Once a man came up to me after I finished preaching and told me he had a vision of me the night before. He said he saw me preaching in the future with a white beard! At that time I had dark brown hair and a dark brown/black beard.
I listened to him politely as he recounted his vision to me. I don’t remember my exact words to him at the time but I think I responded with something like, “Wow, that’s interesting” before we parted ways.
Now over a decade later I do have a white beard and I still do preach often, so I guess his vision was correct after all. But does that mean this guy was a prophet? Does it mean that God gave him some sort of divine insight about my future? Should I have paid more attention to the vision of this man who I had never met before but who seems to have correctly predicted something in my future?
We live in a day when plenty of people claim that God is giving them personal revelation so we must carefully ask ourselves some questions to determine what is really going on here.
Let’s start by talking about where we find our final authority.
Concerning the authority of revelation:
God’s written Word often points to itself as the final authority in practice and doctrine and it’s where we need to start every time. I think one of the best texts here is 2 Pet 1:16-21
16 For we did not follow cleverly devised myths when we made known to you the power and coming of our Lord Jesus Christ, but we were eyewitnesses of his majesty.
17 For when he received honor and glory from God the Father, and the voice was borne to him by the Majestic Glory, “This is my beloved Son, with whom I am well pleased,”
18 we ourselves heard this very voice borne from heaven, for we were with him on the holy mountain.
19 And we have the prophetic word more fully confirmed, to which you will do well to pay attention as to a lamp shining in a dark place, until the day dawns and the morning star rises in your hearts,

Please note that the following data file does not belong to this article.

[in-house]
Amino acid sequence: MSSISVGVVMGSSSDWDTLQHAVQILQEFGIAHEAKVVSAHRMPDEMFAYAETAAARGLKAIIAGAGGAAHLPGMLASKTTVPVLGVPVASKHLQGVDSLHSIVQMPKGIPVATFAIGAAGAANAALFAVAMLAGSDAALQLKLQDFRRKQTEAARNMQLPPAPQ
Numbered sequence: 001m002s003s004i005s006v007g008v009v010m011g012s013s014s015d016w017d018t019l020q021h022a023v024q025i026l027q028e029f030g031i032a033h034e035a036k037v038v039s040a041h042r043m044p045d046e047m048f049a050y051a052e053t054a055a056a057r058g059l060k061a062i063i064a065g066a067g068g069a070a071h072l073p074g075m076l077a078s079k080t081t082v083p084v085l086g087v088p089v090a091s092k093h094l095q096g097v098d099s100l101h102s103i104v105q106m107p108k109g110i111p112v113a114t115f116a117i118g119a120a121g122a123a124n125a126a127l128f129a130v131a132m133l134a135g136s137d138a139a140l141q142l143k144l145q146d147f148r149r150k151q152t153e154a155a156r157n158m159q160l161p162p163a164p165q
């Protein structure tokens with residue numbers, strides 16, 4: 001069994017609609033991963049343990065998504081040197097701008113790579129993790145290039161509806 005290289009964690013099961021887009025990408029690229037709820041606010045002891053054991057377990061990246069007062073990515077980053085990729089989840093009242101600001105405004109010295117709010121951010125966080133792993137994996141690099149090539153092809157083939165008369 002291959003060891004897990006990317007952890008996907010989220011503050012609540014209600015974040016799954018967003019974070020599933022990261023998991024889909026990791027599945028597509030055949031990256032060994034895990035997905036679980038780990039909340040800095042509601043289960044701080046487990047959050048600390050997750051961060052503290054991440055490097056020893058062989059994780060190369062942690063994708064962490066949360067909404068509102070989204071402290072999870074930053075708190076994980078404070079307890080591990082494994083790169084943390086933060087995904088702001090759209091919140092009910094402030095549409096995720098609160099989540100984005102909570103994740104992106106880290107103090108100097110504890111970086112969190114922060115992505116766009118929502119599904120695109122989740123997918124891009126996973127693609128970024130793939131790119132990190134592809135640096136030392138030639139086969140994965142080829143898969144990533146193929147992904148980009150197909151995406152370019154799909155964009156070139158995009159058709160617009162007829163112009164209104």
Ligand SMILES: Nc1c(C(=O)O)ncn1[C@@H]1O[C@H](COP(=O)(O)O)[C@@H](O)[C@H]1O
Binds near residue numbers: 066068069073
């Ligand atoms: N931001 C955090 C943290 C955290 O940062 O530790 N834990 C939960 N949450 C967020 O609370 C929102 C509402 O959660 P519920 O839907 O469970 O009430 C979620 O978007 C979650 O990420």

20 knowing this first of all, that no prophecy of Scripture comes from someone’s own interpretation.
21 For no prophecy was ever produced by the will of man, but men spoke from God as they were carried along by the Holy Spirit.
Notice that Peter himself, the lead Apostle and the head of the first Church in Jerusalem, a man who talked personally with Jesus and received revelation himself points our attention to the “prophetic word more fully confirmed, to which you do well to pay attention.” That is the Scriptures as he makes clear in verse 20.
So, you have it right, we must not give the same authority to any person who claims to have heard the voice of God as we give to the Scriptures. In fact, I think you’ll agree with me that the prophets of the Bible who spoke the words of God and wrote the words of God were called in a way that confirmed God’s clear purpose in their lives.
Take Moses, Isaiah, Ezekiel, Daniel, Paul, Peter, all had clear calls from God accompanied with certain miraculous signs. Furthermore, they those around them clearly understood them to be prophets and apostles and the Scripture they wrote was recognized as authoritative.
So before we even considered any kind of possibility of personal revelation we must rest squarely in the unique divine authority of the Scriptures God has already given us.
For more on the authority of the Bible you might check out this article
Concerning the possibility of personal revelation
Does God us personal revelation as a way to instruct us today? It seems there’s a group who for some reason feels that God’s primary means of directing the saints is through visions, dreams, and other forms of personal revelation. This is a big mistake.
Personal revelation even in the OT was extremely rare.
Reading through the lives of some of the saints it can look like God is giving personal revelation all the time. He gave revelation to Abraham and Joseph and Moses and others, however, we need to realize that these are extraordinary cases that usually involve a very key and significant character in God’s plan. Especially after the giving of Scripture we don’t see personal revelation as being a primary way in which God leads his people.
What we see is that God gives us principles of truth and wisdom which we are to take into account as we make our decisions and live our lives.
7 The law of the LORD is perfect, reviving the soul; the testimony of the LORD is sure, making wise the simple;